Maybe it's a little more like being decaffeinated coffee - I once had caffeine, but it has been stripped out of my being. Caffeine was inherent to my being coffee, but after an extraction process, I'm now lacking my caffeine, left a sad, watery shell of who I used to be.

So would that really make me "Decancerated Rica" as opposed to "Full Strength Rica?"

Still, no. Because the coffee only went through two states - Caffeinated, then Decaffeinated.

I actually went through FOUR states - 1) Rica 2) With Cancer, Blissfully Unaware Rica, 3) Full-on Cancer Rica, 4) Now "Cancer Free" Rica. But, note, State 1 does NOT equal State 4.

I will never, EVER be "Rica" - with no state of cancer at all. State 1 will never exist for me again.

I have been permanently changed. I have the scars to prove it. There isn't a morning that goes by when I am not immediately reminded of the fact that I had cancer in my body. Reminders surround and are within me. From the fact that the house has been under 60 degrees every morning I awake this week since the polar vortex came into effect and, while I have goosebumps all over my body, my breasts are just there and my nipples no longer react nor do they perk up - because they are numb chunks of thigh skin, tattooed in a faded pink. When I rub my eyes, and begin to scratch itches on my shoulders, and I brush against my cleavage, the skin on the top of my right breast senses my finger tips normally, but on the left side, there is an irritating tingle, barely cognizant of the fact that it's not an unpleasant scrubbing action triggering a response, but a gentle touch.

My bones and joints ache more than ever in this chilly weather. I cannot tolerate cold the same way I used to before chemo. While I was always a "Summer Baby," and I hated Winter, I could endure it. My elbows didn't ache from the core. My knuckles didn't stiffen. My spine wouldn't surge with prickly cold. But it does now.

Once in the shower, I realize that I really don't have to do a self-breast exam anymore, even though it's become second nature. Instead, as I begin the futile, and irrelevant exam, I feel the horrible horizontal scar that I had assumed would have completely disappeared on each breast where my areolae used to be. I feel the strange pucker around that line, so the breast skin doesn't hang correctly on the lower right half of the right breast, and there is still a tough, thickened patch of subsurface scar tissue on the inner side of my left breast.

As I sit on the commode, facing the cabinet with glass doors in which I kept my feminine products, I see the package of maxi pads I'd picked up right before my oopharectomy, out of habit, forgetting that just a couple of days later, would become irrelevant and would sit dormant unless a visitor needed one, or my daughter has her first "visit from her cousin." I see the last of my tampons, which haven't budged since April.

When I make it back to my room, and I sit at my vanity, I measure the length of my hair. Now, it's just tickling my shoulders. I pull at the longest piece and measure to see how long the curl now unfurls, and to see if it hits my shoulder blades yet. I shake my head, as I still have a way to go. I reach back and see if I can reach the back of my hair. It's nowhere to be found. I have at least another year to grow my hair to the length where I felt comfortable.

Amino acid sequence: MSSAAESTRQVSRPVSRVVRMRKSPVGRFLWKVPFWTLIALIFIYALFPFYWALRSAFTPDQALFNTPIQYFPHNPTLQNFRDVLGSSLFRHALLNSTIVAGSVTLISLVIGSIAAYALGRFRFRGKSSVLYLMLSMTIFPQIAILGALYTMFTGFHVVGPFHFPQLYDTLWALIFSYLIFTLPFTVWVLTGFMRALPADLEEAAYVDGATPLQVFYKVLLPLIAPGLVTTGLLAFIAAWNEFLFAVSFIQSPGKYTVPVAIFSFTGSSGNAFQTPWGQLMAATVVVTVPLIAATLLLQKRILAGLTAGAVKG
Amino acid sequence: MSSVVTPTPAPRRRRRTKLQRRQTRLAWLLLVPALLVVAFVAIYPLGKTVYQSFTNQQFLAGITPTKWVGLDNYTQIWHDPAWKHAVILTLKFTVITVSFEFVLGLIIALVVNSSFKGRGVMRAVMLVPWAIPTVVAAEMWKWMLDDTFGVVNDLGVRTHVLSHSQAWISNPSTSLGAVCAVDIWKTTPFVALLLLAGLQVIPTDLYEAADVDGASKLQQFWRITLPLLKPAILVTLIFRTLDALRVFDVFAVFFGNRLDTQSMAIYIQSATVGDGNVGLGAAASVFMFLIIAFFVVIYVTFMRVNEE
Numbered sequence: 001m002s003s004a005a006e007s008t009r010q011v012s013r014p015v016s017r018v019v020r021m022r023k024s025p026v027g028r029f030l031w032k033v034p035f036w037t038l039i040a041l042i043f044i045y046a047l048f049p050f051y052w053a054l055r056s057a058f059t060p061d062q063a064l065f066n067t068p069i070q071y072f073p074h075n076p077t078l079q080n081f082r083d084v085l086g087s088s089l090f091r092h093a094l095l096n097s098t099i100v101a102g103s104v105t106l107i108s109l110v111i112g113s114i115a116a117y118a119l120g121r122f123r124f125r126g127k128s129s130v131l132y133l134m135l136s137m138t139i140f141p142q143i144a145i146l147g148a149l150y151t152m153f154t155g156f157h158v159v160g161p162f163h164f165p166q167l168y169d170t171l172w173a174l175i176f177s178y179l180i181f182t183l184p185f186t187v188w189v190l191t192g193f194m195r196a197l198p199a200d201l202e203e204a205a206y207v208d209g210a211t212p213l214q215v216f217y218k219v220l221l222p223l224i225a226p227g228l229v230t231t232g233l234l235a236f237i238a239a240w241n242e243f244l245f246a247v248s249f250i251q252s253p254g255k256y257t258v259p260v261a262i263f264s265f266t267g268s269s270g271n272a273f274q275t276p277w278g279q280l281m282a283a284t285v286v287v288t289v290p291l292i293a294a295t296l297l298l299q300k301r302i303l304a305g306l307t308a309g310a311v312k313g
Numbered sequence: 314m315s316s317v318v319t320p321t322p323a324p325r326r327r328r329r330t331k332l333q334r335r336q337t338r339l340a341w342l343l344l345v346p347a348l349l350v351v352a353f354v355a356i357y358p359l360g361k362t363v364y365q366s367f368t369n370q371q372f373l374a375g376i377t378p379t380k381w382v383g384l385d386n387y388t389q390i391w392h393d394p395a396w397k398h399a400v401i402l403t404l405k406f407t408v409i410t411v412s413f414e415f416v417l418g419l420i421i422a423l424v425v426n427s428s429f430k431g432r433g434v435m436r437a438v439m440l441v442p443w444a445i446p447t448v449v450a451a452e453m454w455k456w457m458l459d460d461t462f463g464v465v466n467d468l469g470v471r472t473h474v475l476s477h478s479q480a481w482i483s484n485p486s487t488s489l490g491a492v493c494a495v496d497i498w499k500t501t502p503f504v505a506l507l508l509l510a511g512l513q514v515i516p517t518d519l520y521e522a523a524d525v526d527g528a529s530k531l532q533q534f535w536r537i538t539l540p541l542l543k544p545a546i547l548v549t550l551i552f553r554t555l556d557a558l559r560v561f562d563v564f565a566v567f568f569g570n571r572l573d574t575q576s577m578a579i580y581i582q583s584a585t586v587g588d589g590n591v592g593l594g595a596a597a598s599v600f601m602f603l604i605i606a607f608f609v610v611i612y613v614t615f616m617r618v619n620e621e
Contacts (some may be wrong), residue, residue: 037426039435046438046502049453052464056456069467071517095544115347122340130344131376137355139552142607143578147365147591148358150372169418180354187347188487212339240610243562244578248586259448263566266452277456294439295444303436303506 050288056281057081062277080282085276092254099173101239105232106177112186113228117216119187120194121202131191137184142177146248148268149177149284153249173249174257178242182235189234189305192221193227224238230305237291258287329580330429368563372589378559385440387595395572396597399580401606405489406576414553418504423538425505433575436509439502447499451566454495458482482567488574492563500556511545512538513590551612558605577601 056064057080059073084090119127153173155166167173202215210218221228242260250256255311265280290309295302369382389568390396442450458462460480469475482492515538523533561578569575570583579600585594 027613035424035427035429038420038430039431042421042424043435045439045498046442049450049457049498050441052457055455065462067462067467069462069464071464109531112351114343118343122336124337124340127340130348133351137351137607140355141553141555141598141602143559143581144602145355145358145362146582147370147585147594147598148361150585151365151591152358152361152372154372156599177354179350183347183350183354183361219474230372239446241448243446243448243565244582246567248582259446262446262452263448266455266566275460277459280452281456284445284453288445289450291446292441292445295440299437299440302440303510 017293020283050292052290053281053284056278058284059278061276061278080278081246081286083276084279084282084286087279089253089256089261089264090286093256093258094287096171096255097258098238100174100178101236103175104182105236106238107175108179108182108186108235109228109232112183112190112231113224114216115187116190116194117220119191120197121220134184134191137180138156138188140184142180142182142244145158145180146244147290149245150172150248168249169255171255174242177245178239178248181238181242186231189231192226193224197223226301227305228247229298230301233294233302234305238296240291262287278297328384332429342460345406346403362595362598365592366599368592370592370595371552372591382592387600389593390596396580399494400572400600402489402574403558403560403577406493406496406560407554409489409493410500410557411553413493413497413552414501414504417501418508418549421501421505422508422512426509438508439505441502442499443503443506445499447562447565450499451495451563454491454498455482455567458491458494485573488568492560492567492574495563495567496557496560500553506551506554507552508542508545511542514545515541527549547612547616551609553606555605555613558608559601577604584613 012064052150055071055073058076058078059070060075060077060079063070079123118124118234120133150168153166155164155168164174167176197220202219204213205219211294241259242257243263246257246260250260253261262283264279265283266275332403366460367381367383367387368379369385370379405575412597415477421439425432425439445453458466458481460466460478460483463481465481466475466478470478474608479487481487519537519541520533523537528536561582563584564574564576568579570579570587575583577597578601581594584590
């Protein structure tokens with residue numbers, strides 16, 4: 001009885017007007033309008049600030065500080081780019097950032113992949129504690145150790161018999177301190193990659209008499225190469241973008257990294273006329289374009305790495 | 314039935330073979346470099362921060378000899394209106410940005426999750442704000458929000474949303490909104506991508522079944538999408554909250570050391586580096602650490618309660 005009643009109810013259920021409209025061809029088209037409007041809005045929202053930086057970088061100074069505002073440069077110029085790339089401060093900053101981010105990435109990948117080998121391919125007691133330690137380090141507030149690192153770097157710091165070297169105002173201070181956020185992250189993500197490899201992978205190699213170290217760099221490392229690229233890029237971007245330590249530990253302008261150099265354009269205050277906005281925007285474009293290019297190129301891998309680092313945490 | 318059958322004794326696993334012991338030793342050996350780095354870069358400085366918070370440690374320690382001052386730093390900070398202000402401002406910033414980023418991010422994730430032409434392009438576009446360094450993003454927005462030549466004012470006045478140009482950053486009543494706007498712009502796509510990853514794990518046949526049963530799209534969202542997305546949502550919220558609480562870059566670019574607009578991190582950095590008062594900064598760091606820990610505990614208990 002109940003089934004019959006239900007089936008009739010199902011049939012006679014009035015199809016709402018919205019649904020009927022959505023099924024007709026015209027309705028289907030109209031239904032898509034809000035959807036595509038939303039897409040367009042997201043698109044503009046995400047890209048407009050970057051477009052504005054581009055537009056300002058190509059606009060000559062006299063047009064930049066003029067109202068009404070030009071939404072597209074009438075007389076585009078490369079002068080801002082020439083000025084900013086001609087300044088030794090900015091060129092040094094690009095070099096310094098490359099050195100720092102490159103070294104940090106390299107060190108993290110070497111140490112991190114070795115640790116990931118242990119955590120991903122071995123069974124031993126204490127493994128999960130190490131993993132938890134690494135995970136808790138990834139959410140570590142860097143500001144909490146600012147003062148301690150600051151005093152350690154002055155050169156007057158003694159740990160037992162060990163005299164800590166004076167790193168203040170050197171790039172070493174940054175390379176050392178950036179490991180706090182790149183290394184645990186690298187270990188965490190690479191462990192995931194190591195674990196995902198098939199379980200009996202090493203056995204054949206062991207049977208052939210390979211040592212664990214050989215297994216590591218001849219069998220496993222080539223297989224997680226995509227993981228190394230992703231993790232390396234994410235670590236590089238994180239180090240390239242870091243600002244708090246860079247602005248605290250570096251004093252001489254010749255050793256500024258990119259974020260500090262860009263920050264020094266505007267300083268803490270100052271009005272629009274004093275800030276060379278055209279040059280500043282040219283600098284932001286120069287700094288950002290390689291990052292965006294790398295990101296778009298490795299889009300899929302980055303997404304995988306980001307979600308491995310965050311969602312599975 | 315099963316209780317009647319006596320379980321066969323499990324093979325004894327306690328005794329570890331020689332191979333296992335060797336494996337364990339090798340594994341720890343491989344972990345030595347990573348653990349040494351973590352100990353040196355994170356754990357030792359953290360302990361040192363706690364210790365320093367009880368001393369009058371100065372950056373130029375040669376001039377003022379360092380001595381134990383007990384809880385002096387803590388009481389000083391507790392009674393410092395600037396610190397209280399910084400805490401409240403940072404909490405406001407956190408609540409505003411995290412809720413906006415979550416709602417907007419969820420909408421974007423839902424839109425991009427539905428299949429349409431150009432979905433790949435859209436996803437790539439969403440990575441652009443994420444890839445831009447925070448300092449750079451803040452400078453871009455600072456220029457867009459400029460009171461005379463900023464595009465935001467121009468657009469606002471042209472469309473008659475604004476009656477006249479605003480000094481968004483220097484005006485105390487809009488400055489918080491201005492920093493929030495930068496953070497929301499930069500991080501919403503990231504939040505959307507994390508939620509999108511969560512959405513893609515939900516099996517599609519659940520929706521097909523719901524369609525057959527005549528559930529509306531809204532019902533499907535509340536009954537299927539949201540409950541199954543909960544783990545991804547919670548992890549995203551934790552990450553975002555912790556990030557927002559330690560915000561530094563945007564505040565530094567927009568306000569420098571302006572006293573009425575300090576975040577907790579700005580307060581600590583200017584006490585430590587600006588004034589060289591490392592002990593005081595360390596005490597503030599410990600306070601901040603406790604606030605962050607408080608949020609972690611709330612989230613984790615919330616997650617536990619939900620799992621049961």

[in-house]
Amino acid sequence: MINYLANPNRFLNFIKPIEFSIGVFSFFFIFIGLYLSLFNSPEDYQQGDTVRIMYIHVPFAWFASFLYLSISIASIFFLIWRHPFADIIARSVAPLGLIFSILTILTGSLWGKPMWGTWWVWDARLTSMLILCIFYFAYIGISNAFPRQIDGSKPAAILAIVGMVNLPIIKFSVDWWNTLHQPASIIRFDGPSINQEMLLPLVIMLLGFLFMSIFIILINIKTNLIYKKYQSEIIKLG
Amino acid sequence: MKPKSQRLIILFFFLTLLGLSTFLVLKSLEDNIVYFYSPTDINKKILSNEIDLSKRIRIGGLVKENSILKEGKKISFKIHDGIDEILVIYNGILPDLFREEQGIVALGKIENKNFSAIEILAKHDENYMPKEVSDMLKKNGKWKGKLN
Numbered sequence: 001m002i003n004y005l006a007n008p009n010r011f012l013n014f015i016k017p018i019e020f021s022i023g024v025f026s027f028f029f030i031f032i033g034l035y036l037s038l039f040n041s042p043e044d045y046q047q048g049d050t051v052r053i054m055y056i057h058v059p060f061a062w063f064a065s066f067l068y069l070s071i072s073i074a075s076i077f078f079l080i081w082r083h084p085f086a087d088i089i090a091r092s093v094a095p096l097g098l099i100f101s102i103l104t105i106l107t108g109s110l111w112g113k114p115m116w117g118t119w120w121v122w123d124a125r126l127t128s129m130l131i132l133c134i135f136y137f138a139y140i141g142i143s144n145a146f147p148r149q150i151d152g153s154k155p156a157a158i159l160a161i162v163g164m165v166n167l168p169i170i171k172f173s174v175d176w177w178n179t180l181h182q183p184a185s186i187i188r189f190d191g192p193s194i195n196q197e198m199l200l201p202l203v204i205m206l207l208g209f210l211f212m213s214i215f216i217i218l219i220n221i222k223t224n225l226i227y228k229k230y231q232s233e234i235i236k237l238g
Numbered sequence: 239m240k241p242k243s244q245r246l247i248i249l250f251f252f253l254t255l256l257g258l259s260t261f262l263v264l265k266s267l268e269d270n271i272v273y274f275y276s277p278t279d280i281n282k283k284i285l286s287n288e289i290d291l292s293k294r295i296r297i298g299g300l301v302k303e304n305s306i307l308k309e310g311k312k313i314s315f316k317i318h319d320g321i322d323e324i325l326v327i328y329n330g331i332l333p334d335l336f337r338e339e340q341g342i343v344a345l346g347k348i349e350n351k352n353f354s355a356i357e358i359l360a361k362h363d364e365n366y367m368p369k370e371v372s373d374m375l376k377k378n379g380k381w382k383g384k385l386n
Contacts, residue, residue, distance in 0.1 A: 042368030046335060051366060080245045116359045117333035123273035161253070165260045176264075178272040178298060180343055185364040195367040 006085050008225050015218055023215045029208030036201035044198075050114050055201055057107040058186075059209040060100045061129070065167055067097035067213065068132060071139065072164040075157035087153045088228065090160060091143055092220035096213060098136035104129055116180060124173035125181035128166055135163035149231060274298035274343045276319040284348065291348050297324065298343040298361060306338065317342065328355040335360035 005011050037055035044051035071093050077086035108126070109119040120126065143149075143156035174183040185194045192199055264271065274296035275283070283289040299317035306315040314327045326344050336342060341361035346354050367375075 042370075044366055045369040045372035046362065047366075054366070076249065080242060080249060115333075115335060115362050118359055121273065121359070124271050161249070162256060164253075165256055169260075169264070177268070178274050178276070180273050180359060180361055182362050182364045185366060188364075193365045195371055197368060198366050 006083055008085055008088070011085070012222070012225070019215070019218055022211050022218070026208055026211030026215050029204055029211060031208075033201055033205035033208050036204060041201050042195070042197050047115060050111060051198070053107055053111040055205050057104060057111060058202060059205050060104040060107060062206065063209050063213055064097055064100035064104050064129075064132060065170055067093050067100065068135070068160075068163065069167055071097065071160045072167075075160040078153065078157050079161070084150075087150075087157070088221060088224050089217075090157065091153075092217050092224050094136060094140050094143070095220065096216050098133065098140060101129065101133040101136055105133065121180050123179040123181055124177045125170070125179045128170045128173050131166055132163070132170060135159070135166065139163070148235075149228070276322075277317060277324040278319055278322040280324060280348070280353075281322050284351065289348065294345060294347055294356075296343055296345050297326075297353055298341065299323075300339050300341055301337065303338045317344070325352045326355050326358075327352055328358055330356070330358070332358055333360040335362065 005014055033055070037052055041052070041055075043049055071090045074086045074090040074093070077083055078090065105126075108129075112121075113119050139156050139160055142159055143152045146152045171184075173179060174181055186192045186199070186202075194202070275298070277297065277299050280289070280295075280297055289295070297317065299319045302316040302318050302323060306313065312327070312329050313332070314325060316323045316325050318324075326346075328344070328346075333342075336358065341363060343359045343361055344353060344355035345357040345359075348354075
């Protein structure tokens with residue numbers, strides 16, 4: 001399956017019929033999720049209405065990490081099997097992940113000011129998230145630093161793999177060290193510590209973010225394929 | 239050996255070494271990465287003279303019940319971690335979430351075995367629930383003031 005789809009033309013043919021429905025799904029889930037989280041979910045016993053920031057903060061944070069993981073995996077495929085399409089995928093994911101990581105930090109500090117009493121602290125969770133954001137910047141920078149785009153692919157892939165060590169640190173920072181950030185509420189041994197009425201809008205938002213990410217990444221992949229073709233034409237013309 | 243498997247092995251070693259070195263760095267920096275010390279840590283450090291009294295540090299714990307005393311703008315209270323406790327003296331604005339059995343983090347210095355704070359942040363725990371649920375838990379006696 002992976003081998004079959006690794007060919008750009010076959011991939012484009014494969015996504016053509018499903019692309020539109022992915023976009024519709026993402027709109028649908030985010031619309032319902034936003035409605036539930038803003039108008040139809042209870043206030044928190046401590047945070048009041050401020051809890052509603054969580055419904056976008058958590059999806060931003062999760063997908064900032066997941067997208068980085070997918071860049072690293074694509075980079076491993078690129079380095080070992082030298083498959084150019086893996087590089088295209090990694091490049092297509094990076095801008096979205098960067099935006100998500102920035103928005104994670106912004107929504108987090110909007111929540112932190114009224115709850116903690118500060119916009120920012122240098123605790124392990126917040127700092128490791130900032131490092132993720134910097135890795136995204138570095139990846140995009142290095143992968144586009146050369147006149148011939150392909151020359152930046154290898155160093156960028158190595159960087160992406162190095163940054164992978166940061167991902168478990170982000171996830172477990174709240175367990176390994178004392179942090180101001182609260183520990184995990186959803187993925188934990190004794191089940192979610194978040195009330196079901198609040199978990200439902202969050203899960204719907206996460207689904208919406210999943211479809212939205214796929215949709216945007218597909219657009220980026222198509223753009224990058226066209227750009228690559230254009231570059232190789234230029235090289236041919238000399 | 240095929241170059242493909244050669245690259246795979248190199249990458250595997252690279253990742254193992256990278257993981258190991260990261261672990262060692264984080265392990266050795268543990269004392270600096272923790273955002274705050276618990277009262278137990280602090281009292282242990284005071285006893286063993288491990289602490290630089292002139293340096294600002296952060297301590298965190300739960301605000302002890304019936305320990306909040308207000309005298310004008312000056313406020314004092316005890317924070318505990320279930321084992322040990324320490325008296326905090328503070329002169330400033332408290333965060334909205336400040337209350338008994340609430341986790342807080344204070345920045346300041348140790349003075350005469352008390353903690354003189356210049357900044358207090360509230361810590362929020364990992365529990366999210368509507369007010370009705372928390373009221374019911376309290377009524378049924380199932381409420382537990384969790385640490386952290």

After (Straight)

After (Curly)
I try and remember what tasks I have to do today, and I find that I can't remember what they are. I take a minute and try and remember what day of the week it is. I have to resort to peeking at my iPad or iPhone to check the calendar. Since chemo, I still find that I have trouble remembering which day of the week it is. (Sorry, Dr. Tepler, you can't tell me there's no such thing as chemo brain.)

I look in the mirror. My eyebrows have grown back, and they are starting to get unruly. But I'm scared to tweeze them. And, now that they are back, I find I can't pencil them in as well as I used to when there were no hairs there. Ironically, my eyebrows look far less realistic now when I try and do them than they did when I had no eyebrows.

I see a double chin where there wasn't one before. I see a puffy version of myself. When I started chemo, I was told to eat when I could, as likely, I would lose my appetite. Ironically, of all the cancer patients I knew, my appetite never died. In fact, I ended up gaining weight. Whether it was from the steroids I was put on heading into chemo, the fact that I was pretty much "benched" from physical activity after I tore mastectomy souchers and gave myself an infection, and never recovered from the atrophy that induced, or that my energy post-chemo has never recovered, I am in a terrible physical condition.

For the first time in my life, I'm not physically fit. I was never a twig, but I was always fit. Not since chemo.

And, at this point, it isn't even a full hour since I've awoken, and I've recounted how many reminders that I had cancer?

How can that be called "Cancer Free?"

This year, I will be "Cancer Free" in March. Oh really?

So, here's what I've realized:

I don't care if you survived the surgeries and treatments a day, a week, a month, a year, or a decade ago - we are never "Cancer Free" again. We may be "Decancerated," but we'll NEVER be "Cancer Free" again.